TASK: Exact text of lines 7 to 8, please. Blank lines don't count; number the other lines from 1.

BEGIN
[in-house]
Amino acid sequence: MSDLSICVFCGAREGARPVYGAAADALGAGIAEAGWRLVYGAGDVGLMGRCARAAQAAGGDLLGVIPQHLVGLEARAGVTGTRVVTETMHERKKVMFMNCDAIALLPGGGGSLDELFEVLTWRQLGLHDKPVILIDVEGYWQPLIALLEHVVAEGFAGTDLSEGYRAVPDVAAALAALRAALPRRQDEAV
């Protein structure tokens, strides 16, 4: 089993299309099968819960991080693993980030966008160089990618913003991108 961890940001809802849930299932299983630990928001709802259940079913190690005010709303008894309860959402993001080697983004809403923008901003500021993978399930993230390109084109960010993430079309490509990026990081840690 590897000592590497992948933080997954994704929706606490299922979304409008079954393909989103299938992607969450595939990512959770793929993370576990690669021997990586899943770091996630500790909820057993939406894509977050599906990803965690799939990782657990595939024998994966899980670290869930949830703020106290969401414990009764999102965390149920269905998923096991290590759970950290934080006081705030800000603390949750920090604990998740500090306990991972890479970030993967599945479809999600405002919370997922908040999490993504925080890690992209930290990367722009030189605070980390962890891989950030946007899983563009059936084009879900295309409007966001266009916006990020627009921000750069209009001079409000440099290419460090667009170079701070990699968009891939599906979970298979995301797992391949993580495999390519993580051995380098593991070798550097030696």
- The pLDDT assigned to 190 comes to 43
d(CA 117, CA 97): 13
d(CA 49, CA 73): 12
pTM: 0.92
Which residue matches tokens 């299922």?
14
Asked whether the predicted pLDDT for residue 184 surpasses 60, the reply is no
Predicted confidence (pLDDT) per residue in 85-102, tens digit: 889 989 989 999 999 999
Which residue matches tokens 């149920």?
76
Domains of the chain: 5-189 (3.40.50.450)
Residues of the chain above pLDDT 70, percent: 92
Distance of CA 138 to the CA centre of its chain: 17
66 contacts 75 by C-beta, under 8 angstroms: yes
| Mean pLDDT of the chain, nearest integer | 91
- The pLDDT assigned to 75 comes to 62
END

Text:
pTM: 0.92
Which residue matches tokens 């299922």?